Federal Member for Ballarat, Catherine King warned that 18 student welfare officers in our local schools faced losing their jobs as a result of the Abbott Government’s decision to only fund religious chaplains.
“Student welfare officers provide specialised one-on-one support for young people in our schools who may be facing issues with peer pressure, self-esteem, bullying or just have the need for someone to talk to,” Ms King said.
“It should be up to principals, parents and school communities to decide what is best for their students, not Tony Abbott.
“Labor in government expanded the program so school communities had the choice of hiring a qualified welfare officer or counsellor.
“There are now 18 schools in this electorate where students are receiving the benefit of qualified student welfare support and by axing these jobs the Abbott Government is leaving many students to fall between the cracks.”
Ms Sharon Sperling, student welfare officer at Darley Primary School said it was unfair that students in local schools could miss out because the government is restricting support to religious chaplains.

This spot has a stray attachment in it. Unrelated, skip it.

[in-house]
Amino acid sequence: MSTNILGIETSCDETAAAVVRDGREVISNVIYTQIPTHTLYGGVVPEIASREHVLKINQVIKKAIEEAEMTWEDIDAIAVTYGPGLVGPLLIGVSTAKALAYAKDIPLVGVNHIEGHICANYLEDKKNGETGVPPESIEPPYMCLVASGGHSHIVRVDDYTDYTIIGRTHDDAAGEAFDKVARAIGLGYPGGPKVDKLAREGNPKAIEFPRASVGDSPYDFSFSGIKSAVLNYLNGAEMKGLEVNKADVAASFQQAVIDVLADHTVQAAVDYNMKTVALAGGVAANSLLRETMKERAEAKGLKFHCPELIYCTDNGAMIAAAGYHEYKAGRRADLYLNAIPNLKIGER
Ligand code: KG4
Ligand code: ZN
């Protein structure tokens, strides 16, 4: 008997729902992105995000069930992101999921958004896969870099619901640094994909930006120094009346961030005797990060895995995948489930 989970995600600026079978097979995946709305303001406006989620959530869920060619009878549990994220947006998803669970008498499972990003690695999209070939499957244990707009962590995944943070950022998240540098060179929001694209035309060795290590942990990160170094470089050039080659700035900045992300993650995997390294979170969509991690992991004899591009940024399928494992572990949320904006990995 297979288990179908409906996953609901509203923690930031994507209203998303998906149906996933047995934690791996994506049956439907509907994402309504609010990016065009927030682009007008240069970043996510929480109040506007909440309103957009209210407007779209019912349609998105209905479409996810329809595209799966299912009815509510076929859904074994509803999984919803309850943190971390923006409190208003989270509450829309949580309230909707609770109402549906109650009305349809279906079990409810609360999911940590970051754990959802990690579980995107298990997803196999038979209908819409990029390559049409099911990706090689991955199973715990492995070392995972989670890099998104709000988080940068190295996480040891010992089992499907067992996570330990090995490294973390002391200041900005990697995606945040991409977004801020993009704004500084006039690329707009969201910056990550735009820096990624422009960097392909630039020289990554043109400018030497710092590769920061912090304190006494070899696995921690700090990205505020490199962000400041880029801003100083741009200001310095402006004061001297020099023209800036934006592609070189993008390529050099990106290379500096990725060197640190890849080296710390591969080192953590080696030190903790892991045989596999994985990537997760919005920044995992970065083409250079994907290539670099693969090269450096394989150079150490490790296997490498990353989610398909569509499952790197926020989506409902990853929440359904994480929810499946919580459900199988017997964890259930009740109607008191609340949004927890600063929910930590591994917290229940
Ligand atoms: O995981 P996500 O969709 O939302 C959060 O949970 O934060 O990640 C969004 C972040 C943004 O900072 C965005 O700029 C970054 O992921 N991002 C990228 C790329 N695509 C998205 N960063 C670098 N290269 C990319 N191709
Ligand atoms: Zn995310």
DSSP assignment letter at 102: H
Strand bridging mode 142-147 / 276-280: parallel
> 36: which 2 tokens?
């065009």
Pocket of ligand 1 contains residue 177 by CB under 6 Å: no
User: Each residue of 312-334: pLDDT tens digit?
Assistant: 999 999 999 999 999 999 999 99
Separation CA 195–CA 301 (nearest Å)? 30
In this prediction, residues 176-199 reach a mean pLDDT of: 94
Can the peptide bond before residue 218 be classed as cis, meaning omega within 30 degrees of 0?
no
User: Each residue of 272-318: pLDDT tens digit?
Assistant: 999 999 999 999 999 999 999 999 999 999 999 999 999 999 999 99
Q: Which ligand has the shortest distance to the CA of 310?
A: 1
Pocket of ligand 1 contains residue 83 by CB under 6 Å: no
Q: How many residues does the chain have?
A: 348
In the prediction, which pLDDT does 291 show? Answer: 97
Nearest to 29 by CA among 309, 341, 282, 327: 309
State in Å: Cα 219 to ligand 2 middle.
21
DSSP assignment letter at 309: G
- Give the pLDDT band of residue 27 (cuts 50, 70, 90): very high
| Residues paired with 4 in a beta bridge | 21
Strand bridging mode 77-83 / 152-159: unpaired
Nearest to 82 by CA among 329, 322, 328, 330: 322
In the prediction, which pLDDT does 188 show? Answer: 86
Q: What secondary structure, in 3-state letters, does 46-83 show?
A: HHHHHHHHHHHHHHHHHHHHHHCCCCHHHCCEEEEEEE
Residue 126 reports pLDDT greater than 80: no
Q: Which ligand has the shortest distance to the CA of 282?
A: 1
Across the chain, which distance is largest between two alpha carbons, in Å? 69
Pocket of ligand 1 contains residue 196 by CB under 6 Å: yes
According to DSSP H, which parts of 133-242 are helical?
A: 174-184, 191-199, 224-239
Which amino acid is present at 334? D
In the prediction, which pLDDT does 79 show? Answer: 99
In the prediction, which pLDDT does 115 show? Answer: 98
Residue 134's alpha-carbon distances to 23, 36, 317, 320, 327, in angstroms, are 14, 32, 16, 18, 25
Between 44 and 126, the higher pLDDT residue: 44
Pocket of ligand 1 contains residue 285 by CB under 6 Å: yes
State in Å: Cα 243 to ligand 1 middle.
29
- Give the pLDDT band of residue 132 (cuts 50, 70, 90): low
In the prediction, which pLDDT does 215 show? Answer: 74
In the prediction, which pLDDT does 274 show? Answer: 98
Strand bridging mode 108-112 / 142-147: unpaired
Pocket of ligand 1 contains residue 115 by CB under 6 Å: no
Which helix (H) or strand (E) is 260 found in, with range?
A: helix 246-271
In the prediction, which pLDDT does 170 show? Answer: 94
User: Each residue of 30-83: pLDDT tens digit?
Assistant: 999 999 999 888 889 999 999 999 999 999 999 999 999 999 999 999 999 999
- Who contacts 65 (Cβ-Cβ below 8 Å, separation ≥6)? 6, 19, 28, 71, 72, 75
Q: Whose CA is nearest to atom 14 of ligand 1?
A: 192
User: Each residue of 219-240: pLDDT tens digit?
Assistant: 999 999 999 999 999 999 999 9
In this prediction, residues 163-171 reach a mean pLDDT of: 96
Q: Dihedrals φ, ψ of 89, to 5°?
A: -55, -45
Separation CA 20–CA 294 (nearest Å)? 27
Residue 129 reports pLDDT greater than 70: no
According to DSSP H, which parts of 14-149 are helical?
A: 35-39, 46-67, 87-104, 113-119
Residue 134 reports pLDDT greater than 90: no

“This is a fantastic school and our teachers do an exceptional job supporting students in the class room and the playground,” Ms Sperling said.
“However, there are around 20% of the students here that require some specialised one-on-one counselling and to lose that trusted relationship I have with these great kids would be a huge loss.
“It would be particularly mean spirited if the intention of this policy is to exclude schools and students from the program just because we’re a school community without links to a religious institution.”